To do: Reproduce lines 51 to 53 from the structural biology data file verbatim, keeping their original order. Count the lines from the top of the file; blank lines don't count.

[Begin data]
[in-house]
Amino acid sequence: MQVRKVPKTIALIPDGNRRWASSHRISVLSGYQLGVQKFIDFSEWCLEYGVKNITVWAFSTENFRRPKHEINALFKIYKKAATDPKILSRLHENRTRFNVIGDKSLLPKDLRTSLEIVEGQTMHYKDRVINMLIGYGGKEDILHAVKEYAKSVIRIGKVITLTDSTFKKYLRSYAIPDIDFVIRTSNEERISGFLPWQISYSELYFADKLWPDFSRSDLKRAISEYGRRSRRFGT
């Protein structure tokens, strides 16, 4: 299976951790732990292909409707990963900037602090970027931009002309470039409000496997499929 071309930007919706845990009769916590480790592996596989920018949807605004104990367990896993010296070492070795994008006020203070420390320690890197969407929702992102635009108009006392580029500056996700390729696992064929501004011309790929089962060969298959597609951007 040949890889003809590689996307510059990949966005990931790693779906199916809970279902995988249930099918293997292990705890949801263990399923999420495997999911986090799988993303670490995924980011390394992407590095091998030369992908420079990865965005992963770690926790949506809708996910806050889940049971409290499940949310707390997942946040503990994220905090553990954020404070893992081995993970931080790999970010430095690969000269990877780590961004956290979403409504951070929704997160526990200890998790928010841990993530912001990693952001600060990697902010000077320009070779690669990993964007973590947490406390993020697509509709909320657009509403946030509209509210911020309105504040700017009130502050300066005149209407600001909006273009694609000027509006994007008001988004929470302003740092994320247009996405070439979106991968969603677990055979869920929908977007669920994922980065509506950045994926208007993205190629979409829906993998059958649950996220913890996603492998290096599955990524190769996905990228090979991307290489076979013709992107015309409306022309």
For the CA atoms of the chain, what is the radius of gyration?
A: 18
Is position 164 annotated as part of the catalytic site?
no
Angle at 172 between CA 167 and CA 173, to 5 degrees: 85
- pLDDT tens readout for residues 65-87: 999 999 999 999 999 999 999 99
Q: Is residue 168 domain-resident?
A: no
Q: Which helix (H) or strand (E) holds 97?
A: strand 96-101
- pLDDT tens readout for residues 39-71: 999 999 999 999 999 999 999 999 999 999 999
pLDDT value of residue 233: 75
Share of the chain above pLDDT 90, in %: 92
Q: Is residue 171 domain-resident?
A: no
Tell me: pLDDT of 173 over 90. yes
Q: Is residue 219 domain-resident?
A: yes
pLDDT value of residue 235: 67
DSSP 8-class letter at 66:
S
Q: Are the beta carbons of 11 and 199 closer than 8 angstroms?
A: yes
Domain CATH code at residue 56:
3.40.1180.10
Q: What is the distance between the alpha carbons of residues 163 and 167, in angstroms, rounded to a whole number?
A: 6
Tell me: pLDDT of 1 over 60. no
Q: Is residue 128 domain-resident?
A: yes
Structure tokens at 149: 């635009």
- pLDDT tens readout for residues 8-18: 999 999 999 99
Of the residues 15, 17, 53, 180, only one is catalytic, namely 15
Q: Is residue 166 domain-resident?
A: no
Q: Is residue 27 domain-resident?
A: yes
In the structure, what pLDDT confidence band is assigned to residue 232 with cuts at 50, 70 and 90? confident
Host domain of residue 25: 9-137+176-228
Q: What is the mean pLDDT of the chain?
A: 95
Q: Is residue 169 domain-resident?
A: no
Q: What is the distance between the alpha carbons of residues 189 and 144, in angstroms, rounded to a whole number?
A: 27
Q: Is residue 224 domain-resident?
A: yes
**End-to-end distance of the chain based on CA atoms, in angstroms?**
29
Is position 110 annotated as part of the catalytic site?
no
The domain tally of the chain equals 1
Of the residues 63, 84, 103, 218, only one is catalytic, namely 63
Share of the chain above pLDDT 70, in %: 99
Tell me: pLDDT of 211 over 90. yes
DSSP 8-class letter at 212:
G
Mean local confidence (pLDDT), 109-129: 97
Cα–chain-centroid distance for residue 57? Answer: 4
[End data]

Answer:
**End-to-end distance of the chain based on CA atoms, in angstroms?**
29
Is position 110 annotated as part of the catalytic site?